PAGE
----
atomix Team Insights: February 2020

Friday, February 21, 2020 | By Atomix
Read time: 3-4 mins

New year, new team members, new insights!

It’s been a busy start to the year for us, with new projects kicking off and some new faces joining the team.

Let’s get straight into it.

Welcome Kaden and Sami

Kaden Rohrlach

The newest member of the atomix Growth team, Kaden’s experience in the finance sector has provided him with a valuable toolkit to help businesses analyse their profit and turnover in order to build high-performing, scalable digital advertising strategies. His strength lies in conversion rate optimisation, data manipulation and performance forecasting, all with a focus on real customers with real needs and challenges.

Sami El-Kebbe

Sami has been working part-time with atomix for a little while now – you might have already been in touch with him – but with his recent graduation from a degree in Cyber Security, he’s become a full-time member of our Support team. Sami is a fantastic, multi-skilled talent: he takes on any challenge with enthusiasm, from graphic design to web development and anything in between.

Google’s January Broad Core Update

On 13th January, fresh from the holiday break, Google announced via Twitter that it was rolling out a Broad Core Update to its search algorithm. As with all Broad Core Updates, the focus was on improving the search algorithm – but, as with all Broad Core Updates, it wasn’t targeted at any specific market segment or ranking ‘factor’. It also wasn’t focused on any particular country or language.

If you’ve noticed some changes in how your site is performing in organic search results, it’s important to remember that while you might be seeing negative results, there might not actually be anything ‘negative’ about your site. However, there are a few things you can look at in an effort to improve your website for organic search.

Check out this help article from Google, and don’t hesitate to reach out to us for any advice.

Google changed its desktop search results page appearance…

…But then they changed it back again.

We all make mistakes sometimes – and Google’s no exception. In early January, you might have seen a new-look search results page. The search giant updated organic result listings to include favicons and moved the destination URL right to the top. Users weren’t super keen on the design – and that’s putting it lightly. Many people complained that the redesign of the organic results looked like advertising, and they were confused about which results were paid and which were organic. That was especially worrying for Google – a company that has been under high scrutiny, with 49 US states pushing for an antitrust investigation against the web industry giant.

This backlash prompted Google to review the redesign, and they announced that they would continue to experiment with various different design options. AKA: they rolled back some of the changes after negative feedback. The new black ‘Ad’ labelling stayed, while the organic results were reverted back.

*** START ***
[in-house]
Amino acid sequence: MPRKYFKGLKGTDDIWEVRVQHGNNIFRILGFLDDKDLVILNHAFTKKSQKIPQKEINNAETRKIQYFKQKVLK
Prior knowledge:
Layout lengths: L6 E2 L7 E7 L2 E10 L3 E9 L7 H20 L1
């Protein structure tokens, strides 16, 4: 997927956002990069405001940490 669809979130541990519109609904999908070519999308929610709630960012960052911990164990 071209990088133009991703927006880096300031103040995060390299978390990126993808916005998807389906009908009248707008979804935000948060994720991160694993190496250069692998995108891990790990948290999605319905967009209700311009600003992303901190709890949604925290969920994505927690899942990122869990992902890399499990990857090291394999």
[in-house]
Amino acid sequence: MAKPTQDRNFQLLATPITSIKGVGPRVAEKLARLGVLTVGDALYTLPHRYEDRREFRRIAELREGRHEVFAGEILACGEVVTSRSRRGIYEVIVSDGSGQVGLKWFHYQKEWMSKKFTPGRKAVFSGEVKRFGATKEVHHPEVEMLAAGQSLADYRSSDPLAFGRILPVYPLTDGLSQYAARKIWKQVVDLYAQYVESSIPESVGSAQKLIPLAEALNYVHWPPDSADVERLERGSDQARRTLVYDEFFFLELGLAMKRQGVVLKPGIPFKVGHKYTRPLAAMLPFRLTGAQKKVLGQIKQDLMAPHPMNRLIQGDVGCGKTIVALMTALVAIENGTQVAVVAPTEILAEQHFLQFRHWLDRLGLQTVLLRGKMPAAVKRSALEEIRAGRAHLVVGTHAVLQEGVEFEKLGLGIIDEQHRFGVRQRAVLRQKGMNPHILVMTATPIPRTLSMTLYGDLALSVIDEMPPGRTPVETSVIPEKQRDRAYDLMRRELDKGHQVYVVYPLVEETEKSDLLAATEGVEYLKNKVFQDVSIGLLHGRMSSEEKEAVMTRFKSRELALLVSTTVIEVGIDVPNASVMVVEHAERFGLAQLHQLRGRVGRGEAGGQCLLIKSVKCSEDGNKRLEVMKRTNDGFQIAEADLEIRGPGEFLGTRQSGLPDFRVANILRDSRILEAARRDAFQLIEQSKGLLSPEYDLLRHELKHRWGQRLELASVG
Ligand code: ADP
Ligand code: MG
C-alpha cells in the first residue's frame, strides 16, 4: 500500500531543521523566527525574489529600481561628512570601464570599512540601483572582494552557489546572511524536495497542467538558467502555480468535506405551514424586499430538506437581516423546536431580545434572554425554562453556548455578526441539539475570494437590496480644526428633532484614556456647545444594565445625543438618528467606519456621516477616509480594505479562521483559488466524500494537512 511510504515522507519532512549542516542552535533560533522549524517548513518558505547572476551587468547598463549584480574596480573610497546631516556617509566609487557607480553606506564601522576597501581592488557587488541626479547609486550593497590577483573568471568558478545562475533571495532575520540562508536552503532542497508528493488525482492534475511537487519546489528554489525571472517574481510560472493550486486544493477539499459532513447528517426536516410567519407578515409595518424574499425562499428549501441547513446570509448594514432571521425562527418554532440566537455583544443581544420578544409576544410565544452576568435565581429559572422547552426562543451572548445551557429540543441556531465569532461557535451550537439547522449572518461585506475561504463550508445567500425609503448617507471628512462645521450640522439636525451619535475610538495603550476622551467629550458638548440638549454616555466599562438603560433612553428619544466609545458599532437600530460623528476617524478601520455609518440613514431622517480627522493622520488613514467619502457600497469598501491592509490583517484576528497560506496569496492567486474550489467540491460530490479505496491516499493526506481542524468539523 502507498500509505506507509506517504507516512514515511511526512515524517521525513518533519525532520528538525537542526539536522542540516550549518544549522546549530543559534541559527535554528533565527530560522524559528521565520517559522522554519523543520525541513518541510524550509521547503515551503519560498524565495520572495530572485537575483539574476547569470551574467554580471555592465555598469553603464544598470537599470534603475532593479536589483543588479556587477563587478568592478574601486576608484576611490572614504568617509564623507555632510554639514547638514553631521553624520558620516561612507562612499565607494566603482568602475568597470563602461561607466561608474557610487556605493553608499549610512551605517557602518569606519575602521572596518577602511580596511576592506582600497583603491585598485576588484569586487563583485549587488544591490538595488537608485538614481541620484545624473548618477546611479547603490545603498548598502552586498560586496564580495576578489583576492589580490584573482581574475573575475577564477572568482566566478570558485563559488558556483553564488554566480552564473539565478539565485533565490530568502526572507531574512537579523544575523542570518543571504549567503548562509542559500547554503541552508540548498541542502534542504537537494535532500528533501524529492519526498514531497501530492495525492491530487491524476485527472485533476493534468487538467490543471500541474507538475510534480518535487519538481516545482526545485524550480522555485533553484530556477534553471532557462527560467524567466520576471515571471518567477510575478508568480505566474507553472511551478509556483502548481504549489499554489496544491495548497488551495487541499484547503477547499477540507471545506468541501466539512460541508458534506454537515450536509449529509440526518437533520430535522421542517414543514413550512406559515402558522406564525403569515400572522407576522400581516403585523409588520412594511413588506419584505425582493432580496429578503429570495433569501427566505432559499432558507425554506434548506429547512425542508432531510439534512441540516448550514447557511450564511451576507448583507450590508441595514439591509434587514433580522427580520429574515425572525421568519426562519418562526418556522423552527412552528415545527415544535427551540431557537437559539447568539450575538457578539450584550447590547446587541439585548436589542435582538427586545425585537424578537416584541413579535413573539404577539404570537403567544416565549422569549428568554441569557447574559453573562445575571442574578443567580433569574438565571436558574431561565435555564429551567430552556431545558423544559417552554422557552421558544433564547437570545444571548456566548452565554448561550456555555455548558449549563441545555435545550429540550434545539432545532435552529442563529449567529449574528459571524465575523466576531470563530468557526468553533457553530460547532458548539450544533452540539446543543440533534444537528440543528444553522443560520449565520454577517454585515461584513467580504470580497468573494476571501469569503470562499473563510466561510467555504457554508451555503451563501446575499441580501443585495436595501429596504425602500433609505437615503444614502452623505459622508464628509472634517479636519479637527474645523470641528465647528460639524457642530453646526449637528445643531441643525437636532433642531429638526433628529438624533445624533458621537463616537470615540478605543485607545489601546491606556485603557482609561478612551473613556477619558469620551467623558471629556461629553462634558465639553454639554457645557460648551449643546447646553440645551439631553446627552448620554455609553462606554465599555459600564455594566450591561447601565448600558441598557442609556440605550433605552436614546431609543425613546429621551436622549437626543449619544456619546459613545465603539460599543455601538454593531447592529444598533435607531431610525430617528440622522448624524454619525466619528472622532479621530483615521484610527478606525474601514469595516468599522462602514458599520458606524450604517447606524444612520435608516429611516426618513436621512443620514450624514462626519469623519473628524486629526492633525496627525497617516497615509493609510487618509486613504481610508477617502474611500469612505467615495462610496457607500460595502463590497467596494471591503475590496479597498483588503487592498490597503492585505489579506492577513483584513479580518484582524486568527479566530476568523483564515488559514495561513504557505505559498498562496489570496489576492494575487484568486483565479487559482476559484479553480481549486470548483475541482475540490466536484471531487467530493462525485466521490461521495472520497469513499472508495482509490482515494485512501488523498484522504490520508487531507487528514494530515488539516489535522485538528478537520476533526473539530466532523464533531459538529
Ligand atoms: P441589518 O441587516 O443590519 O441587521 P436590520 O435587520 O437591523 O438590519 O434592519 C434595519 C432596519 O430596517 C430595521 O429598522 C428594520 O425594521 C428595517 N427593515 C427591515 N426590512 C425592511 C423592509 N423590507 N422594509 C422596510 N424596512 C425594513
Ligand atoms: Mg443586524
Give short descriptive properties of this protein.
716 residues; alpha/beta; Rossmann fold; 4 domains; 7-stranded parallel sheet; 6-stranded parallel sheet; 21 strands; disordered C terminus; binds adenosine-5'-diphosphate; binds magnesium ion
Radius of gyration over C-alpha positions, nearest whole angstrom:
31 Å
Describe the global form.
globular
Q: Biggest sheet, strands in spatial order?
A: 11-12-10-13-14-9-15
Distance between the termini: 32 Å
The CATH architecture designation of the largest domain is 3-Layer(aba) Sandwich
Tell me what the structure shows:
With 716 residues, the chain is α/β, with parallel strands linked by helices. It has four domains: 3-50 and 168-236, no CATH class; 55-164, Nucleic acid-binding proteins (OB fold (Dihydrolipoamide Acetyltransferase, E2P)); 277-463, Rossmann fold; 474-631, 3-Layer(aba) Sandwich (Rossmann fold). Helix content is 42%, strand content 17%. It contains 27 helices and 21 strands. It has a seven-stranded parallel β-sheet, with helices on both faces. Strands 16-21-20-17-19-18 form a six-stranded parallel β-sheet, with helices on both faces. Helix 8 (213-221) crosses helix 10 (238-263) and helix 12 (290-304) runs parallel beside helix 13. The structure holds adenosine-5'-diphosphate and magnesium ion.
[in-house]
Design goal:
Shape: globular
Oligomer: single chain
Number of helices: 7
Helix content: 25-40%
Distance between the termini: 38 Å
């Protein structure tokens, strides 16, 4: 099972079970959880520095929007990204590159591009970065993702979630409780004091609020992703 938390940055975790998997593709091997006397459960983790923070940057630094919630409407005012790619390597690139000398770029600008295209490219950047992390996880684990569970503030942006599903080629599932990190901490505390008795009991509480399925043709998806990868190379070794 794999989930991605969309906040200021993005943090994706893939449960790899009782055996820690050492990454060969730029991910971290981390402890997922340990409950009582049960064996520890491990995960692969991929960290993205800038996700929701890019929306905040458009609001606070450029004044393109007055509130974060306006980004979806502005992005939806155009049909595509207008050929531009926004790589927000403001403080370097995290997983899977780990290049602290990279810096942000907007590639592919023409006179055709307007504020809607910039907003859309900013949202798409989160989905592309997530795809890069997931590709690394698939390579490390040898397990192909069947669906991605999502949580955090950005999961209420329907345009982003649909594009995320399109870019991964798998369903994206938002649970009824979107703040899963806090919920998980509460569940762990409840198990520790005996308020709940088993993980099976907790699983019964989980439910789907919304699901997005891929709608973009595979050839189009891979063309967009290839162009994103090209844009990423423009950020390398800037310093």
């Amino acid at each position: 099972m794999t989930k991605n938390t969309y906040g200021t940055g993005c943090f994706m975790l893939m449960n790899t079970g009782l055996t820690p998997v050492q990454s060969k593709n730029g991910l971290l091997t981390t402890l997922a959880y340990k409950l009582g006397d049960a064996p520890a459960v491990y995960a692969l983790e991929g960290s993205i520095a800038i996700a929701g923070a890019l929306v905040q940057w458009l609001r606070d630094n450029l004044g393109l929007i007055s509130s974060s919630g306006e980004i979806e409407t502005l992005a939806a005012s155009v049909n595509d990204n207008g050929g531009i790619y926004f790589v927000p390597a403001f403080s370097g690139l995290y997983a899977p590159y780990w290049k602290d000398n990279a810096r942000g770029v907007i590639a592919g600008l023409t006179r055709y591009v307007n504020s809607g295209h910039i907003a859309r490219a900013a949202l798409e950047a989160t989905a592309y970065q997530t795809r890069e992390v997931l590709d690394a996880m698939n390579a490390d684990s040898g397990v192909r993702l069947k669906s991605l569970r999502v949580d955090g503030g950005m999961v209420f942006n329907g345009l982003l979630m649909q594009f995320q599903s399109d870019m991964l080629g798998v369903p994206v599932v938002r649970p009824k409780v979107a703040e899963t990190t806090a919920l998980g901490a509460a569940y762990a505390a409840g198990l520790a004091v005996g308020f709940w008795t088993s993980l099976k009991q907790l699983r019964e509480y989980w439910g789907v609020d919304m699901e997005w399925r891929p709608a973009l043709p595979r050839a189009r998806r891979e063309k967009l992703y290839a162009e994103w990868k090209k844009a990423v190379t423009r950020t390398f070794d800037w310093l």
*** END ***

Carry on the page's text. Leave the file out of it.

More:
See a full summary of the changes

Nielsen Norman Group: a guide to information scent

Web-users (A.K.A – people) have questions or “information need”. People will aim to find this information in the most efficient way possible. Humans are biologically hard-wired to be somewhat lazy – we’ve got fairly short attention spans. An example of this laziness is how people will likely only (thoroughly) read a maximum of 20% of the content on any given webpage; that’s why information design, scannability and web usability is so important.

Something our UX team is often asked is, “do people scroll?” Short answer: yes. It’s all to do with the aforementioned information scent. People will choose the path to solve their information need using information scent, which is a mix of clues that they get from the labels, the context of the page, and their learned experiences. If they think there is useful information lower on the page, they’ll scroll (or even click). If there are no clues – or the clues aren’t clear enough – they won’t.

Read the full guide here

Google Discover: your new content strategy powerhouse

SEO specialist Neil Patel has published a guide to a little-known content feed called Google Discover. You’ve probably used it or seen it without realising – but it can be a real game-changer for attracting engaged users to your website through contextually relevant content.

Browse Neil Patel’s guide to Google Discover

We hope you’ve had a fantastic start to the year so far.

As always, if there’s anything you’d like more information on or you just want to discuss some of the ideas or topics we’ve sent through, give us a call on 08 7127 4881 or get in touch via email.

Speak soon,

The atomix team